The process of the invention employs soft and absorbent lightweight tissue paper. Such paper can be produced by a conventional papermaking process using dry creping to achieve the desired softness and absorbency. The process of the invention is particularly applicable to the use of tissue paper that lacks sufficient wet strength to survive wet processing. Such paper will contain at most a very small proportion of wet strength resin. The lightweight tissue paper contemplated is a paper having a basis weightof 30 pounds or less per ream of 3000 square feet. The preferred tissue paper has a basis weight of about 10 to 12 pounds per 3000 square foot ream. The paper is made from papermaking cellulosic fibers (preferably bleached) derived from hardwood, softwood, or both. A preferred tissue paper is composed of a 60/40 (by weight) softwood/hardwood combination having a basis weight of 10-12 pounds per 3000 square foot ream. This paper has an optimum combination of opacity, softness, and dry strength.
The tissue paper can contain enough wet strength resin so that it can support its own weight in water. For example, the tissue paper may have a CD wet tensile strength of up to about 30 grams per inch (by TAPPI T-404).Less wet strength resin than this may be used, but not more, since the use of more would detract from the desired softness/absorbency characteristics. In most cases, the wet strength resin will be used in amounts of less than about 10 or 15 pounds of wet strength resin per ton of dry paper. Epichlorohydrin polyamine condensates are illustrations of wet strength resins that can be employed.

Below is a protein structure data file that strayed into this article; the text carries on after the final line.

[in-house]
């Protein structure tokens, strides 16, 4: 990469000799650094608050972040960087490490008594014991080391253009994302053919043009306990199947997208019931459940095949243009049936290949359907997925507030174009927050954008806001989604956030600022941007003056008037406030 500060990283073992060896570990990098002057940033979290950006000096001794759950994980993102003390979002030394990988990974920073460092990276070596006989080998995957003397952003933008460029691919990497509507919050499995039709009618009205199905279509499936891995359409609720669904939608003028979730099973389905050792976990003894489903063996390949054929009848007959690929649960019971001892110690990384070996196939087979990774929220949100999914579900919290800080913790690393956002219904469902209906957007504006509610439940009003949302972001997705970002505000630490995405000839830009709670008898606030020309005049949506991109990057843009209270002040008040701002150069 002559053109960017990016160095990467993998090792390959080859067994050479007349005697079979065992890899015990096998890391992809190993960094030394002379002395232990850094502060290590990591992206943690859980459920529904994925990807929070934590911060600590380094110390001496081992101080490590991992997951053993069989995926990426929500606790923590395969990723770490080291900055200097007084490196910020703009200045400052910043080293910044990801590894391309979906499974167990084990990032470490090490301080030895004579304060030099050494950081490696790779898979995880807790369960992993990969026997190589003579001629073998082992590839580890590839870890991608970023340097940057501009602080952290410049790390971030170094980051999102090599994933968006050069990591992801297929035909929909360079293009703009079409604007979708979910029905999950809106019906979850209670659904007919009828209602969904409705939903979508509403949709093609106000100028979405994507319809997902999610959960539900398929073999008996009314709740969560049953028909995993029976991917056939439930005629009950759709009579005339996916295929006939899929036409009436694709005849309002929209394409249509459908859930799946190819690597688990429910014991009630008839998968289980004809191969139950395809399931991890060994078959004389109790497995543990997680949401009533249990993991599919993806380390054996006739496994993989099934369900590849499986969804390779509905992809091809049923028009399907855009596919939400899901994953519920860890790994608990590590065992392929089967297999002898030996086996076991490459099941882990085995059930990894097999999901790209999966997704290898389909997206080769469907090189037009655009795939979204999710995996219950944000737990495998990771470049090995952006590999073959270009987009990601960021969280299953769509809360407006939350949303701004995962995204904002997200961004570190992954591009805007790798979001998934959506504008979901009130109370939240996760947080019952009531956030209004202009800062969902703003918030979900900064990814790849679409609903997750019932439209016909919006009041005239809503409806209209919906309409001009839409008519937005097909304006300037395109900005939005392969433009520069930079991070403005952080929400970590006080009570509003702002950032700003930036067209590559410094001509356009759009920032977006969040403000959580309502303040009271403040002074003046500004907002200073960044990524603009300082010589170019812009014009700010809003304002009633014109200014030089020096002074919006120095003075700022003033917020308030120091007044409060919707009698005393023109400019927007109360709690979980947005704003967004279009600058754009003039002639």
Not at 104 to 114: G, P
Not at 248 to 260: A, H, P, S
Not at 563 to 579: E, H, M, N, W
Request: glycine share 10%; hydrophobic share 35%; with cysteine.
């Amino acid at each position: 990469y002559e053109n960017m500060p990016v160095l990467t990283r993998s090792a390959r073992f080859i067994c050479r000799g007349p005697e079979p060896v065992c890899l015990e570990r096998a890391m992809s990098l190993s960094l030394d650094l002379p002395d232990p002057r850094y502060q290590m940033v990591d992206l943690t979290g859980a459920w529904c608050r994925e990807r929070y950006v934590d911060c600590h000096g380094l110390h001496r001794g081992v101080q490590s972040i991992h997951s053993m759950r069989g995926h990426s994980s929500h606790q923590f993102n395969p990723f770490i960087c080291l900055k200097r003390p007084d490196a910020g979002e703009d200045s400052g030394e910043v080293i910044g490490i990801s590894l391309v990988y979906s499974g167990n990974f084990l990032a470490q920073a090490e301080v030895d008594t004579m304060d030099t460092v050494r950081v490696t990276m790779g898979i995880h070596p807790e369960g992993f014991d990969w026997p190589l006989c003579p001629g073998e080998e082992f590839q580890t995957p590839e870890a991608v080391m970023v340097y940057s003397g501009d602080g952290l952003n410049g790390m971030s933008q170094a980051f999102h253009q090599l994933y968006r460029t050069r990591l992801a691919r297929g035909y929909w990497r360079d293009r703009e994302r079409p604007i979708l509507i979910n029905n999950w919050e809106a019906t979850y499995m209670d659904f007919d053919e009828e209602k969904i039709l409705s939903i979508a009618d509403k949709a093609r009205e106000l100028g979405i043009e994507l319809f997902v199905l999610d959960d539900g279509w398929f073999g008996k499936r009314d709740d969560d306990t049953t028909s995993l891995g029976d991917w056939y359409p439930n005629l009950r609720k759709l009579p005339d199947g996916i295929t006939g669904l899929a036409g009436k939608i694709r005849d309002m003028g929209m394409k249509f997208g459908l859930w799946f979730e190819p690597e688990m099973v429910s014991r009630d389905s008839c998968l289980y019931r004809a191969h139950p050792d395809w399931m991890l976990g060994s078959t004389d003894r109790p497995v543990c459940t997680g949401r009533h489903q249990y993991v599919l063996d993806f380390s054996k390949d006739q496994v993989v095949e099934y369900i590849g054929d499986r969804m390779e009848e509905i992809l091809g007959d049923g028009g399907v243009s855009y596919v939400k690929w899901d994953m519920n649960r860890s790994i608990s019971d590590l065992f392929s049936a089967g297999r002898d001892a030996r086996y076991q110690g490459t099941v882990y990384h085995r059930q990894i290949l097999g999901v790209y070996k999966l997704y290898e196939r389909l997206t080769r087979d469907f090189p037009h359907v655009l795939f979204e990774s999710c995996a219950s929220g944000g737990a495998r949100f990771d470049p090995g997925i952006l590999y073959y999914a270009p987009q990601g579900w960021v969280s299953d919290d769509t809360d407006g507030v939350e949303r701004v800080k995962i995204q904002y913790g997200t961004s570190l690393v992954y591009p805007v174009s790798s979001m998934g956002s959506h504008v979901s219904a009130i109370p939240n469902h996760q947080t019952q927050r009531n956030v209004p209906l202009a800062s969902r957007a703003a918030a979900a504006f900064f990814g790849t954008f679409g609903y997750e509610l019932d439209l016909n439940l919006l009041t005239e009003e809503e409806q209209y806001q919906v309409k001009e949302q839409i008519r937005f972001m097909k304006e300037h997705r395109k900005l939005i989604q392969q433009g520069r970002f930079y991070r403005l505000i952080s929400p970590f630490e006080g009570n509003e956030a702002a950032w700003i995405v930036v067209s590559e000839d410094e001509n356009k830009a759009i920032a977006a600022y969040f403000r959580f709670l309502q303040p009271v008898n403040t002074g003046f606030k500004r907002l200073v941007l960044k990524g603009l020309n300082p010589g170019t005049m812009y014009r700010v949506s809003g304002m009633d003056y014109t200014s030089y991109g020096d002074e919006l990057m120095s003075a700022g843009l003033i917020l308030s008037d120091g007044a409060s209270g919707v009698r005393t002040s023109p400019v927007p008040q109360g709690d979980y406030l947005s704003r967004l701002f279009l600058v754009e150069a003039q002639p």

The web of soft and absorbent lightweight tissue paper that is employed in the process of the invention is not pretreated in any way by the addition of water or any other additive prior to the application to the web with the resin binder composition. Usually the paper employed will be at "equilibrium dryness". That is, the paper will be at equilibrium with the moisture in the atmosphere. The exact moisture content will therefore varywith the humidity, and may be from 2 to 10 weight percent, although 4 to 8 weight percent is more usual.